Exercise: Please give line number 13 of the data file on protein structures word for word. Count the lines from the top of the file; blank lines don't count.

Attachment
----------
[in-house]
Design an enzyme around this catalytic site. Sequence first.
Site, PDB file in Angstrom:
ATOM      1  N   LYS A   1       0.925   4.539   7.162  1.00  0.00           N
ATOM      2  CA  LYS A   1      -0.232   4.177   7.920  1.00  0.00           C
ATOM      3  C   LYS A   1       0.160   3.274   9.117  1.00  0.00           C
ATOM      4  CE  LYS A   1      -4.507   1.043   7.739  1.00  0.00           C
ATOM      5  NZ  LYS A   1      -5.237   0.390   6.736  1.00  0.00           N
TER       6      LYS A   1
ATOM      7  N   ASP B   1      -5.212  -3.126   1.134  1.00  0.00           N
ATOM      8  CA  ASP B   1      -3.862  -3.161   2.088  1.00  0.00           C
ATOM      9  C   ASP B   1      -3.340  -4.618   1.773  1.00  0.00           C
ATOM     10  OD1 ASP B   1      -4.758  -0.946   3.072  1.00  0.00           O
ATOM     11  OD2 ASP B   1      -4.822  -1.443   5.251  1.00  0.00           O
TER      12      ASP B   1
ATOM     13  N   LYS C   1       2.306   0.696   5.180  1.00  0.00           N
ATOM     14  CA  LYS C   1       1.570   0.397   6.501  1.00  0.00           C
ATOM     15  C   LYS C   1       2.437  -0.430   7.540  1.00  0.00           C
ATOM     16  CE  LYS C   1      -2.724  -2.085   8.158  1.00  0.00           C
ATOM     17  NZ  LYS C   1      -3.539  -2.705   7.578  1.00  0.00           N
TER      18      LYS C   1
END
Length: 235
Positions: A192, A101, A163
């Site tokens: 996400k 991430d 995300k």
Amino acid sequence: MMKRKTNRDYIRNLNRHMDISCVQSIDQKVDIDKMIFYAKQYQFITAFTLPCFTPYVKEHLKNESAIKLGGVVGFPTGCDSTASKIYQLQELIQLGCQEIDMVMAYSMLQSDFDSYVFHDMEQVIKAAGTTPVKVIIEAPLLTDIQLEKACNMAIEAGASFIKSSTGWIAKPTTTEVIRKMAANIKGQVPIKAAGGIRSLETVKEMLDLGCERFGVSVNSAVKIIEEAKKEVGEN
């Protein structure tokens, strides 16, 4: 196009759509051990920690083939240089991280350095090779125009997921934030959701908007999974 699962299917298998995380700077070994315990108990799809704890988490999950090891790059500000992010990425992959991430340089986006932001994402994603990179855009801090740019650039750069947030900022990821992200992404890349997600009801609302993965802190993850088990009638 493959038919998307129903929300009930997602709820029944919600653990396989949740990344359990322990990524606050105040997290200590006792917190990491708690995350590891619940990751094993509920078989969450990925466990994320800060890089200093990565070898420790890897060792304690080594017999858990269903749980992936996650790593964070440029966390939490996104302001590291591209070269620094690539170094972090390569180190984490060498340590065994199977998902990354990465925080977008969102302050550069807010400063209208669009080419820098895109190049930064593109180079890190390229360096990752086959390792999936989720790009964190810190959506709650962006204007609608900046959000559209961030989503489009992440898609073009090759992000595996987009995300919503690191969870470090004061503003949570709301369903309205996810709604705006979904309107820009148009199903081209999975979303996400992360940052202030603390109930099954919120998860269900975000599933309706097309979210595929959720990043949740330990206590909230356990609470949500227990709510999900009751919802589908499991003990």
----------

ATOM     10  OD1 ASP B   1      -4.758  -0.946   3.072  1.00  0.00           O